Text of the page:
This blog post has been inspired by Ems over at Blogspot. If there is a “problem” dog in your area her article is well worth a read.
Of all my family members, I’m probably the only one who loves dogs more than I like cats. I have always been a dog person (the friends who are owned by a beautiful – and very silly – Staffie similar to the one pictured here will attest to this).
I have no objection to the sound of a barking dog – if the dog is doing a “happy” or “excited” bark whilst having positive interaction with an owner. Over the years I’ve lived next door to some yappy dogs who were thoroughly spoiled rotten and didn’t bark unless playing “fetch” or if the doorbell rang. A blogging friend has a little dog that likes to go out on the balcony and yap at pigeons for a couple of minutes until she’s inticed back indoors, and I would have no issue with this type of barking either. The dog barks because it sees something interesting that it wants to interact with but can’t get to. Dogs do this.
Two of my other “doggy” friends are looking into ways to reduce barking when they are out of the house and the dogs are home alone. The dogs in question are well-loved and well behaved (which is a real achievement for one friend, as her little dog came to her completely traumatised and is now quite well settled after excessive but gentle training programs and a lot of love).
Another friend transports foster dogs from kill shelters in the States. A few years ago she took one look at a black Spaniel mix that she was supposed to transport and knew she couldn’t take her to her intended destination (the potential foster was someone that she had taken an instant distrust to). That dog got in the back of her car and never went any further than her house after that. I see pictures of that big silly every day, and every year I receive a Christmas card with Dahlia’s gorgeous furry face on it.
My dog was never much of a barker. He learned not to bark at the postman and the paper boy, and he didn’t bark when the phone rang. He would bark at the doorbell, but we always allowed him to come to the door with us so that he could see we weren’t being threatened in any way and so that he could lick the caller to death! He wasn’t even a jumper, so if you wanted him bouncing all over you then you’d need to give him the “up” command.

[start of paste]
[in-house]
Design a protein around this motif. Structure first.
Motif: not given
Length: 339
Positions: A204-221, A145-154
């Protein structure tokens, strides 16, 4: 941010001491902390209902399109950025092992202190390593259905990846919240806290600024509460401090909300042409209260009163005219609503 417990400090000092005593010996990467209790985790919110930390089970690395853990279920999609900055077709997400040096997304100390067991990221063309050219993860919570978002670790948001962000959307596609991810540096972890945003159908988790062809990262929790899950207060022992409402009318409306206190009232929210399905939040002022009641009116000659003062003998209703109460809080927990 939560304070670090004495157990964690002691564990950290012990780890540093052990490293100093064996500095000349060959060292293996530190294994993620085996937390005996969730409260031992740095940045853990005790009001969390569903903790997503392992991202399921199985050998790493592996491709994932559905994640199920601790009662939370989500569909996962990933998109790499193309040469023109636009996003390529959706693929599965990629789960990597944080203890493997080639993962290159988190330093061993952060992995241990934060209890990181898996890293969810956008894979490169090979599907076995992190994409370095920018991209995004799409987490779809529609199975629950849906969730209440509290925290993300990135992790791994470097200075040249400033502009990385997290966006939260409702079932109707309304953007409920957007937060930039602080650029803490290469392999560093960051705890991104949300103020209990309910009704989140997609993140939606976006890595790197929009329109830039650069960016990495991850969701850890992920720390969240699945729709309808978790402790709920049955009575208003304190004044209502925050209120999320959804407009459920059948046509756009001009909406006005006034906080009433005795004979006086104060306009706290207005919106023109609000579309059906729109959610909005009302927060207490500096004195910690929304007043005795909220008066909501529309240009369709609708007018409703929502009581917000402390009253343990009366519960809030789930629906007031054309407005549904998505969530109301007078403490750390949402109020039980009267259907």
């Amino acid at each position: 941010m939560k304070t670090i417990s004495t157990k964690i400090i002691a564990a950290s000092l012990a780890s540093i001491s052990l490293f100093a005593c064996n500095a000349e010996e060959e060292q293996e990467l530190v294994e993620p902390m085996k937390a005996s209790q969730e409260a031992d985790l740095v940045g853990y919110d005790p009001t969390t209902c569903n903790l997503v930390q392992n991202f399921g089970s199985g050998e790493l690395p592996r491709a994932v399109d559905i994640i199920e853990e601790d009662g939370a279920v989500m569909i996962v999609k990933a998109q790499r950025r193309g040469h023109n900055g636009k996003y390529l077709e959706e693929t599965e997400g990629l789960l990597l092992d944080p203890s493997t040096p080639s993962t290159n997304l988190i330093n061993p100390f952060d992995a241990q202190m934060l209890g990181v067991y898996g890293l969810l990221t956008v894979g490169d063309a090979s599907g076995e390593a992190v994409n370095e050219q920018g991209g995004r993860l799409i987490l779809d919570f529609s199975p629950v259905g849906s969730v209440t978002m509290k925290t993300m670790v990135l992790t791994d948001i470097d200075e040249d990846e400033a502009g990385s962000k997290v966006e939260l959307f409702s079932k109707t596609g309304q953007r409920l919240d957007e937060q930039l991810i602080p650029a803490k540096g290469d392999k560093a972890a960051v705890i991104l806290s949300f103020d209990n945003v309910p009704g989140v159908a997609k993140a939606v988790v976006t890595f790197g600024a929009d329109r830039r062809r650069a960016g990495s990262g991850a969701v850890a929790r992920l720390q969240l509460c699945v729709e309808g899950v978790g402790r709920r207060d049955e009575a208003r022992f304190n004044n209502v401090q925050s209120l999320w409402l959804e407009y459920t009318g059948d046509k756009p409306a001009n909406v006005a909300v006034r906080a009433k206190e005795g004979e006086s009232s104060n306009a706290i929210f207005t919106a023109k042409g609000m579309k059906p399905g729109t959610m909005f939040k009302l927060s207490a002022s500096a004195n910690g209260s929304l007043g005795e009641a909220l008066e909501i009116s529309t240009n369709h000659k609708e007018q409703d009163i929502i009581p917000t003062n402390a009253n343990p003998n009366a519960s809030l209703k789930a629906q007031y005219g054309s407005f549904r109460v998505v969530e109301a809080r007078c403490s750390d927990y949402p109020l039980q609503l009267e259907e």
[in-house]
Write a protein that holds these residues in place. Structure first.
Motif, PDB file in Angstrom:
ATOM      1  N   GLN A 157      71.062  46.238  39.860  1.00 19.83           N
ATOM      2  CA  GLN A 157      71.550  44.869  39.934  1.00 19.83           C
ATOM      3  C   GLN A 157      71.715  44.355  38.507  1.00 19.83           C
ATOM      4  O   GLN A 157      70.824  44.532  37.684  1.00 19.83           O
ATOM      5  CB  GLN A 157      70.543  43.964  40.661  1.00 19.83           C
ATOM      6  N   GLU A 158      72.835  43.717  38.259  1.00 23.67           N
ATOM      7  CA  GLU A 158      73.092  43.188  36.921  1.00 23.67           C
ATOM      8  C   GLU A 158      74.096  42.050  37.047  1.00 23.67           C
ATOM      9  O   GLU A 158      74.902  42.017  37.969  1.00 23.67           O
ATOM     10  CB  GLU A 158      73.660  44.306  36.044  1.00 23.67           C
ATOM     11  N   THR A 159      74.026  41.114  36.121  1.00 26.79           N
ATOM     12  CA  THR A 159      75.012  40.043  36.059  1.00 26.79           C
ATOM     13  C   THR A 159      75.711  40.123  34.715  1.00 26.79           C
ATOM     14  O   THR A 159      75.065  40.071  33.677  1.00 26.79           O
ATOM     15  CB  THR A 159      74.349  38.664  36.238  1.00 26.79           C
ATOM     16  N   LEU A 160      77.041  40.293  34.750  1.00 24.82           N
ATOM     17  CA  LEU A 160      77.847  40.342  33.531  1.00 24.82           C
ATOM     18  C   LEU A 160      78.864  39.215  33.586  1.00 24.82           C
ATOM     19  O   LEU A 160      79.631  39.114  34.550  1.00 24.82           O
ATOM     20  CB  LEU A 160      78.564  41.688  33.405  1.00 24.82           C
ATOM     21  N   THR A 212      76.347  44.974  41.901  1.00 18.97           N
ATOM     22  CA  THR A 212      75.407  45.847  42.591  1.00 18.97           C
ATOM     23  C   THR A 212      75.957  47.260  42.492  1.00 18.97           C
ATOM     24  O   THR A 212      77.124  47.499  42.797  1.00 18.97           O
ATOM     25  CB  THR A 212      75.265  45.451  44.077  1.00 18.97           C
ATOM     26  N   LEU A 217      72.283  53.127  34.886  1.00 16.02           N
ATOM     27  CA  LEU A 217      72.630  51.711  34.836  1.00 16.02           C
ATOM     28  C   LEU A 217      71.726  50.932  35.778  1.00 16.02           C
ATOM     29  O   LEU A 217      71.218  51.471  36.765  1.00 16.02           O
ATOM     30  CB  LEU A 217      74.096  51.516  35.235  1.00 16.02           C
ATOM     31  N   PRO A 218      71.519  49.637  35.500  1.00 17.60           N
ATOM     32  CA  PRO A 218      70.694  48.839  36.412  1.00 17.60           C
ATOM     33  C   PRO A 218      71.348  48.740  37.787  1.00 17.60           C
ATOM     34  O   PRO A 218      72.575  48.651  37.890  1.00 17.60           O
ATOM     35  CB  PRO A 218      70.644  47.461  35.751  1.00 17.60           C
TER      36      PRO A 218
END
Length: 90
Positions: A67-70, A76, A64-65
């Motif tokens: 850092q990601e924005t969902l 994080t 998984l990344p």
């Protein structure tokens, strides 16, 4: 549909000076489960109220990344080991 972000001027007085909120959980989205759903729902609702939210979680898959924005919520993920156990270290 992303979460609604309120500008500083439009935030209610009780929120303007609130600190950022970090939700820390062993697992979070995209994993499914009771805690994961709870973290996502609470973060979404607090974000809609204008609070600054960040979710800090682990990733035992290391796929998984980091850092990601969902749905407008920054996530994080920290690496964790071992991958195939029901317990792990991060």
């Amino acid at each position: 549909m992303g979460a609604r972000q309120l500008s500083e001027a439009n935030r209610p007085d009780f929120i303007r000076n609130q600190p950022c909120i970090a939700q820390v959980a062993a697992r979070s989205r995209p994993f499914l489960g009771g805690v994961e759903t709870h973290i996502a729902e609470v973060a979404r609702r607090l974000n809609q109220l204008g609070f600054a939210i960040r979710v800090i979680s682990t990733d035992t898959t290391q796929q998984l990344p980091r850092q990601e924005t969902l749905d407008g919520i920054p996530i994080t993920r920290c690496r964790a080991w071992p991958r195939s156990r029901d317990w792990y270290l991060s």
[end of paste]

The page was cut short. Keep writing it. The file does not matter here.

Every Sunday we’d take him up to the local hill after Sunday lunch for a good hour or more so that he could run around off the lead and do doggy things with the various doggy friends he met. We had to get him back on the lead in the area where there were often sheep though, as he was part Welsh Collie and he instinctively wanted to round them all up! He would never have harmed them, but we couldn’t allow him to frighten them, or allow such a gentle, well-mannered dog to wrongfully gain a name for sheep worrying.
The little dog across the road is not a happy yapper. She is outside all day in the warmer weather, and even when she’s indoors you can hear her yapping and getting yelled at for it. Nobody has ever seen her, but when I tried to reason with her owner I was told that she’s a “little grey wooly thing” – so she could look like an adult version of this:
This is a Barbet puppy – a breed I’d not heard of until today. If your dog looked like this could you ignore it and leave it outside all day? No; I couldn’t either. I wouldn’t want such a beautiful little creature out of my sight or off my lap!
When I spoke to the owner about the distressed-sounding animal I was told the following:
1: “Perhaps you should get up earlier”
Are you kidding me? You claim to know something about epilepsy and you tell me this? Sometimes I’m too wasted from a seizure the night before to even think about sitting up in bed – never mind getting up!
2: “Get a job”
Lady, you’ve seen me come past your house in my bloody wheelchair because I at least want to exercise my upper body if I can’t trust myself to walk. What kind of job away from home do you think I could possibly do?
3: “Buy some ear plugs”
Why the hell should I?
4: “What do you mean other people have been complaining? Who are they then?”
How should I know? I hear people talking outside but I’m not a curtain twitcher.
5: “You don’t know that it’s my Rosie”
I tracked her to your garden, didn’t I? And now you’ve confirmed my suspicions by supplying me with her name, which I’ve heard many a time when you’ve yelled at her. Idiot.
I did not want to get Environmental Health involved because it isn’t poor Rosie’s fault that she’s barking so much – but after receiving that attitude I didn’t have much choice. Even the RSPCA don’t want to know and fobbed me off with lies!
This morning I received a phone call from the nice man dealing with my complaint. Apparently this lady works from home and is trying to get on top of the issue.
She has also fitted Rosie with an anti-bark collar. I am horrified. She’s in the house all day with the dog and she’s taken extreme measures where clickers, air spray and treats would work? Try walking the poor thing once in a while, or just rolling around your garden lawn with her! Or perhaps let her up on your lap when you’re taking a break from whatever it is you do? Go and work from the library if you have to, and hire a dog-sitter. Just… please don’t leave her outside all the time and punish her for the results of your neglect.